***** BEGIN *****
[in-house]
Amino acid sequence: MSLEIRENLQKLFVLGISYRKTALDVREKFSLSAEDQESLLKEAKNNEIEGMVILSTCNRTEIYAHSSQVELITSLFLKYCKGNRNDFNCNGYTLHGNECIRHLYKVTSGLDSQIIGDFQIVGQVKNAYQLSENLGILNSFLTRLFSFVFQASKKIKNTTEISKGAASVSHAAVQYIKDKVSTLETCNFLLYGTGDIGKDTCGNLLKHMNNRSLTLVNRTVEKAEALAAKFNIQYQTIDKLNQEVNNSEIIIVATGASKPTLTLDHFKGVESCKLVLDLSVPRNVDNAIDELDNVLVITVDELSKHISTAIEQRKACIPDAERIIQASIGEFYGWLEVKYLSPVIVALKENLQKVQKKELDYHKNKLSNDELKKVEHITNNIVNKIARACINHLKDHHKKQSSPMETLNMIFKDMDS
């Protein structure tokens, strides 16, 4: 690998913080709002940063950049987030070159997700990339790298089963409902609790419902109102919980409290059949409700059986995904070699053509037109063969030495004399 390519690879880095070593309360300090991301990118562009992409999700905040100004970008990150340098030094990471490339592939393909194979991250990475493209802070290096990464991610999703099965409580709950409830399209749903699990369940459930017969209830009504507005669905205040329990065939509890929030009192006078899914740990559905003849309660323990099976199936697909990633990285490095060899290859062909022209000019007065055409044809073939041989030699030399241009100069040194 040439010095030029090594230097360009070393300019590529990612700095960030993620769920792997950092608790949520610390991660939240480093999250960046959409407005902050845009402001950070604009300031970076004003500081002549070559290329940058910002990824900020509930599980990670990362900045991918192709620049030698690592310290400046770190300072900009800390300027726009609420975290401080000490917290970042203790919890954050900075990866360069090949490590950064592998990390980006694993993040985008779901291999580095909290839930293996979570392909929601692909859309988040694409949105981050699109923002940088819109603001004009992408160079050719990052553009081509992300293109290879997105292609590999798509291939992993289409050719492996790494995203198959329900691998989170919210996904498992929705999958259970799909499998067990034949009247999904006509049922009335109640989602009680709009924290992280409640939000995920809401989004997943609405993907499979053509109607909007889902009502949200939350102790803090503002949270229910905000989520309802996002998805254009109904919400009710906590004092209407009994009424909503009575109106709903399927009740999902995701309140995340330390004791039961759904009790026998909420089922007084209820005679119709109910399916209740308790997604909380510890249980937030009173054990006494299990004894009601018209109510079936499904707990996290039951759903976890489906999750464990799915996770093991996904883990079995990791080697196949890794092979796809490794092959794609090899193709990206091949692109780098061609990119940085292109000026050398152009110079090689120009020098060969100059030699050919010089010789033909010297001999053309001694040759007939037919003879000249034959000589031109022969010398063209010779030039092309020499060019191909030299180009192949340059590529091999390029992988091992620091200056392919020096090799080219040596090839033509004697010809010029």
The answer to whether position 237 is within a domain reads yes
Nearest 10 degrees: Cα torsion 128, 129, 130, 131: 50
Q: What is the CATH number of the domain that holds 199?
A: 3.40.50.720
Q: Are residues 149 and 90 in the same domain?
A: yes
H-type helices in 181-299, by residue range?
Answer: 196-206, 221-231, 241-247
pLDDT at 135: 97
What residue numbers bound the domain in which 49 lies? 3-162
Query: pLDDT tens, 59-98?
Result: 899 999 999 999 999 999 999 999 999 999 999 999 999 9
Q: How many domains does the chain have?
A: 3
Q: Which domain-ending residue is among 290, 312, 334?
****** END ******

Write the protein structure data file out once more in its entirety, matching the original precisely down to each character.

[in-house]
Amino acid sequence: MSLEIRENLQKLFVLGISYRKTALDVREKFSLSAEDQESLLKEAKNNEIEGMVILSTCNRTEIYAHSSQVELITSLFLKYCKGNRNDFNCNGYTLHGNECIRHLYKVTSGLDSQIIGDFQIVGQVKNAYQLSENLGILNSFLTRLFSFVFQASKKIKNTTEISKGAASVSHAAVQYIKDKVSTLETCNFLLYGTGDIGKDTCGNLLKHMNNRSLTLVNRTVEKAEALAAKFNIQYQTIDKLNQEVNNSEIIIVATGASKPTLTLDHFKGVESCKLVLDLSVPRNVDNAIDELDNVLVITVDELSKHISTAIEQRKACIPDAERIIQASIGEFYGWLEVKYLSPVIVALKENLQKVQKKELDYHKNKLSNDELKKVEHITNNIVNKIARACINHLKDHHKKQSSPMETLNMIFKDMDS
């Protein structure tokens, strides 16, 4: 690998913080709002940063950049987030070159997700990339790298089963409902609790419902109102919980409290059949409700059986995904070699053509037109063969030495004399 390519690879880095070593309360300090991301990118562009992409999700905040100004970008990150340098030094990471490339592939393909194979991250990475493209802070290096990464991610999703099965409580709950409830399209749903699990369940459930017969209830009504507005669905205040329990065939509890929030009192006078899914740990559905003849309660323990099976199936697909990633990285490095060899290859062909022209000019007065055409044809073939041989030699030399241009100069040194 040439010095030029090594230097360009070393300019590529990612700095960030993620769920792997950092608790949520610390991660939240480093999250960046959409407005902050845009402001950070604009300031970076004003500081002549070559290329940058910002990824900020509930599980990670990362900045991918192709620049030698690592310290400046770190300072900009800390300027726009609420975290401080000490917290970042203790919890954050900075990866360069090949490590950064592998990390980006694993993040985008779901291999580095909290839930293996979570392909929601692909859309988040694409949105981050699109923002940088819109603001004009992408160079050719990052553009081509992300293109290879997105292609590999798509291939992993289409050719492996790494995203198959329900691998989170919210996904498992929705999958259970799909499998067990034949009247999904006509049922009335109640989602009680709009924290992280409640939000995920809401989004997943609405993907499979053509109607909007889902009502949200939350102790803090503002949270229910905000989520309802996002998805254009109904919400009710906590004092209407009994009424909503009575109106709903399927009740999902995701309140995340330390004791039961759904009790026998909420089922007084209820005679119709109910399916209740308790997604909380510890249980937030009173054990006494299990004894009601018209109510079936499904707990996290039951759903976890489906999750464990799915996770093991996904883990079995990791080697196949890794092979796809490794092959794609090899193709990206091949692109780098061609990119940085292109000026050398152009110079090689120009020098060969100059030699050919010089010789033909010297001999053309001694040759007939037919003879000249034959000589031109022969010398063209010779030039092309020499060019191909030299180009192949340059590529091999390029992988091992620091200056392919020096090799080219040596090839033509004697010809010029």
The answer to whether position 237 is within a domain reads yes
Nearest 10 degrees: Cα torsion 128, 129, 130, 131: 50
Q: What is the CATH number of the domain that holds 199?
A: 3.40.50.720
Q: Are residues 149 and 90 in the same domain?
A: yes
H-type helices in 181-299, by residue range?
Answer: 196-206, 221-231, 241-247
pLDDT at 135: 97
What residue numbers bound the domain in which 49 lies? 3-162
Query: pLDDT tens, 59-98?
Result: 899 999 999 999 999 999 999 999 999 999 999 999 999 9
Q: How many domains does the chain have?
A: 3
Q: Which domain-ending residue is among 290, 312, 334?